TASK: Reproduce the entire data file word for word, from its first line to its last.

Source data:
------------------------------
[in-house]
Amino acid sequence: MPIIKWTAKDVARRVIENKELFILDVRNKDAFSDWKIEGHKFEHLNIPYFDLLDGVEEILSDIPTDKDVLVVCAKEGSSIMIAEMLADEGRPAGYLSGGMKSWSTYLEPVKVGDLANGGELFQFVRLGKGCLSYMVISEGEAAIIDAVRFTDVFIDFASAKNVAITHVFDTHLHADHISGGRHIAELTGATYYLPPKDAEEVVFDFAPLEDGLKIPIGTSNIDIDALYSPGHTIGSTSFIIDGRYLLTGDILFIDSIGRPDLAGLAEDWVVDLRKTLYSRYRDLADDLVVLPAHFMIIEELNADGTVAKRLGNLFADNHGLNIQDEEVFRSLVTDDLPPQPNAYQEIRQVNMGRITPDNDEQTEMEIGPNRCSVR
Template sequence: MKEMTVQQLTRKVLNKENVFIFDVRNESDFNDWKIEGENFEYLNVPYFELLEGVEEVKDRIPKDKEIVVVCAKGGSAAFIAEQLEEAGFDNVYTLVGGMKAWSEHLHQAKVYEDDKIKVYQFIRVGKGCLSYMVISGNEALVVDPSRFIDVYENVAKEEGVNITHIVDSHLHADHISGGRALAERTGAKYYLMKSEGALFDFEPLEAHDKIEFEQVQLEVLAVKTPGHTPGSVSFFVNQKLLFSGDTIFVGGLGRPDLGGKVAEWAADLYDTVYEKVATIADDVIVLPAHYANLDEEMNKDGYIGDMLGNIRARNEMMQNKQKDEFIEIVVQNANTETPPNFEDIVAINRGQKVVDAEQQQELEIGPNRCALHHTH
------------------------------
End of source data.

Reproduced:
[in-house]
Amino acid sequence: MPIIKWTAKDVARRVIENKELFILDVRNKDAFSDWKIEGHKFEHLNIPYFDLLDGVEEILSDIPTDKDVLVVCAKEGSSIMIAEMLADEGRPAGYLSGGMKSWSTYLEPVKVGDLANGGELFQFVRLGKGCLSYMVISEGEAAIIDAVRFTDVFIDFASAKNVAITHVFDTHLHADHISGGRHIAELTGATYYLPPKDAEEVVFDFAPLEDGLKIPIGTSNIDIDALYSPGHTIGSTSFIIDGRYLLTGDILFIDSIGRPDLAGLAEDWVVDLRKTLYSRYRDLADDLVVLPAHFMIIEELNADGTVAKRLGNLFADNHGLNIQDEEVFRSLVTDDLPPQPNAYQEIRQVNMGRITPDNDEQTEMEIGPNRCSVR
Template sequence: MKEMTVQQLTRKVLNKENVFIFDVRNESDFNDWKIEGENFEYLNVPYFELLEGVEEVKDRIPKDKEIVVVCAKGGSAAFIAEQLEEAGFDNVYTLVGGMKAWSEHLHQAKVYEDDKIKVYQFIRVGKGCLSYMVISGNEALVVDPSRFIDVYENVAKEEGVNITHIVDSHLHADHISGGRALAERTGAKYYLMKSEGALFDFEPLEAHDKIEFEQVQLEVLAVKTPGHTPGSVSFFVNQKLLFSGDTIFVGGLGRPDLGGKVAEWAADLYDTVYEKVATIADDVIVLPAHYANLDEEMNKDGYIGDMLGNIRARNEMMQNKQKDEFIEIVVQNANTETPPNFEDIVAINRGQKVVDAEQQQELEIGPNRCALHHTH